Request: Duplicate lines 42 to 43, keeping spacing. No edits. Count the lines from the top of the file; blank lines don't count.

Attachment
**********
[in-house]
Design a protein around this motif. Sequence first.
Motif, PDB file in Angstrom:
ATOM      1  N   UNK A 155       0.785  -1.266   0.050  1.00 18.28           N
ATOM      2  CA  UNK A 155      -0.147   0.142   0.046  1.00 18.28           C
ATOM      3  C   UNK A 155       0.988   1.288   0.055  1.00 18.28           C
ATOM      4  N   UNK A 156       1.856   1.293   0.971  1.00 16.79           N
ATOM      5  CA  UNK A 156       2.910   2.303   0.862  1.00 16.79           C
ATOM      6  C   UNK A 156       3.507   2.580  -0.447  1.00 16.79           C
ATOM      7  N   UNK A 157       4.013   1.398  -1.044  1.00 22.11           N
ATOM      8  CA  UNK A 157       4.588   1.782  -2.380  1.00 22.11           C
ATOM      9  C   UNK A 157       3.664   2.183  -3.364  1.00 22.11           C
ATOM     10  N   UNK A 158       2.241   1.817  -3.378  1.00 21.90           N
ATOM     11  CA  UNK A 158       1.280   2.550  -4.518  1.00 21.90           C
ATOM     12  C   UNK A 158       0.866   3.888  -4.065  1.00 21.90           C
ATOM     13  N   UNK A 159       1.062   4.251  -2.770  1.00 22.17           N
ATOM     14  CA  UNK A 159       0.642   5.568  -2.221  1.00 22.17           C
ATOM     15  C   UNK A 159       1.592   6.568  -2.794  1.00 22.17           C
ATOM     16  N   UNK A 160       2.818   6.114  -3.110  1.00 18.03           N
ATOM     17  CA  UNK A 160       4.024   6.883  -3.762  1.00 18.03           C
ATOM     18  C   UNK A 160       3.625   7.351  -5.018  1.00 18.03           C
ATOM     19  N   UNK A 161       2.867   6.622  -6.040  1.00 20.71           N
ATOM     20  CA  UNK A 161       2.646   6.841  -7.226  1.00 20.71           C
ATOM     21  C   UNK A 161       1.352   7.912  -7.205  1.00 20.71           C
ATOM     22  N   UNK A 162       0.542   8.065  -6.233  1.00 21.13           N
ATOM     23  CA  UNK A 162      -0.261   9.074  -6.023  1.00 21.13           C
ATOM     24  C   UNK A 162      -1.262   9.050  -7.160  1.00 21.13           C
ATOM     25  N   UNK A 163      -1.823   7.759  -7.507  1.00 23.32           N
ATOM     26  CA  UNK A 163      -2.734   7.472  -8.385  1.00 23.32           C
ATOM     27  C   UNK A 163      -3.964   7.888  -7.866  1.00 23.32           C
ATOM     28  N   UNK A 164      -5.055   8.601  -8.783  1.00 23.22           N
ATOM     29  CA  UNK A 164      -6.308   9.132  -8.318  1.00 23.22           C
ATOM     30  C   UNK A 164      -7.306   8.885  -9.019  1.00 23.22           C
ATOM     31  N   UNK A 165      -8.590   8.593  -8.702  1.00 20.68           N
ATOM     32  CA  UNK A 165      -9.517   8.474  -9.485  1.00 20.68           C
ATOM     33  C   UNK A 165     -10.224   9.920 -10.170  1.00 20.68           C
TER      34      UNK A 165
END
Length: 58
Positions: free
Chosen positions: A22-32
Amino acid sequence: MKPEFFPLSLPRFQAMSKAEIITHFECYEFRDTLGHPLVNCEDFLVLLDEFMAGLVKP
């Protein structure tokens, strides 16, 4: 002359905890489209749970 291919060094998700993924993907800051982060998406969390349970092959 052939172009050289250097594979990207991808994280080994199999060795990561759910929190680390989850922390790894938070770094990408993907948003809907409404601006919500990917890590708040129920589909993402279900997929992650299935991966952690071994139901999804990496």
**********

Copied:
Amino acid sequence: MKPEFFPLSLPRFQAMSKAEIITHFECYEFRDTLGHPLVNCEDFLVLLDEFMAGLVKP
């Protein structure tokens, strides 16, 4: 002359905890489209749970 291919060094998700993924993907800051982060998406969390349970092959 052939172009050289250097594979990207991808994280080994199999060795990561759910929190680390989850922390790894938070770094990408993907948003809907409404601006919500990917890590708040129920589909993402279900997929992650299935991966952690071994139901999804990496």